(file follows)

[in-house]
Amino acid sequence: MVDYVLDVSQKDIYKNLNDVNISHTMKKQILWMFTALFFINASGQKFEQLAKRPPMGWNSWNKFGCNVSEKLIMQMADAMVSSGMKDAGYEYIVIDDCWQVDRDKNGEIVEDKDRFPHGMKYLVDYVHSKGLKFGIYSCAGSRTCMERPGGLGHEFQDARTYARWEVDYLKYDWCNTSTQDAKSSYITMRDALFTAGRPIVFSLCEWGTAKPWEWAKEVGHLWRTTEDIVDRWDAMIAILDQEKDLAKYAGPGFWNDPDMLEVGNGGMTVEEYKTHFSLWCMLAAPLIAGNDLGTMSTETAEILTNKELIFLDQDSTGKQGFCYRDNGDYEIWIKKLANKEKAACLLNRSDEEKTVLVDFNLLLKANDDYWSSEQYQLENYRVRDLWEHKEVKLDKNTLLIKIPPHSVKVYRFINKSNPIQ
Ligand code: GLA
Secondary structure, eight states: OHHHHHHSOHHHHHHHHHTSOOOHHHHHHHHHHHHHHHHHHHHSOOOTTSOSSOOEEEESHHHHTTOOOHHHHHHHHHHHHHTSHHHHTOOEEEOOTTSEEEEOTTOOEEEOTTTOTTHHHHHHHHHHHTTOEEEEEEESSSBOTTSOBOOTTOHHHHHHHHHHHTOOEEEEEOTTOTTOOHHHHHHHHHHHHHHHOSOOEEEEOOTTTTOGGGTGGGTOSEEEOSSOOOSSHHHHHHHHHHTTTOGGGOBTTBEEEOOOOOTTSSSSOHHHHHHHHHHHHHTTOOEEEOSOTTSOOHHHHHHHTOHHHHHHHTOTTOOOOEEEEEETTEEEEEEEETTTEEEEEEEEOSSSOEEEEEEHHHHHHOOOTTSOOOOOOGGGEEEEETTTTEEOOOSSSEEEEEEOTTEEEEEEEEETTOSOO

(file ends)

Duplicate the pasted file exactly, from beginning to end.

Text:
[in-house]
Amino acid sequence: MVDYVLDVSQKDIYKNLNDVNISHTMKKQILWMFTALFFINASGQKFEQLAKRPPMGWNSWNKFGCNVSEKLIMQMADAMVSSGMKDAGYEYIVIDDCWQVDRDKNGEIVEDKDRFPHGMKYLVDYVHSKGLKFGIYSCAGSRTCMERPGGLGHEFQDARTYARWEVDYLKYDWCNTSTQDAKSSYITMRDALFTAGRPIVFSLCEWGTAKPWEWAKEVGHLWRTTEDIVDRWDAMIAILDQEKDLAKYAGPGFWNDPDMLEVGNGGMTVEEYKTHFSLWCMLAAPLIAGNDLGTMSTETAEILTNKELIFLDQDSTGKQGFCYRDNGDYEIWIKKLANKEKAACLLNRSDEEKTVLVDFNLLLKANDDYWSSEQYQLENYRVRDLWEHKEVKLDKNTLLIKIPPHSVKVYRFINKSNPIQ
Ligand code: GLA
Secondary structure, eight states: OHHHHHHSOHHHHHHHHHTSOOOHHHHHHHHHHHHHHHHHHHHSOOOTTSOSSOOEEEESHHHHTTOOOHHHHHHHHHHHHHTSHHHHTOOEEEOOTTSEEEEOTTOOEEEOTTTOTTHHHHHHHHHHHTTOEEEEEEESSSBOTTSOBOOTTOHHHHHHHHHHHTOOEEEEEOTTOTTOOHHHHHHHHHHHHHHHOSOOEEEEOOTTTTOGGGTGGGTOSEEEOSSOOOSSHHHHHHHHHHTTTOGGGOBTTBEEEOOOOOTTSSSSOHHHHHHHHHHHHHTTOOEEEOSOTTSOOHHHHHHHTOHHHHHHHTOTTOOOOEEEEEETTEEEEEEEETTTEEEEEEEEOSSSOEEEEEEHHHHHHOOOTTSOOOOOOGGGEEEEETTTTEEOOOSSSEEEEEEOTTEEEEEEEEETTOSOO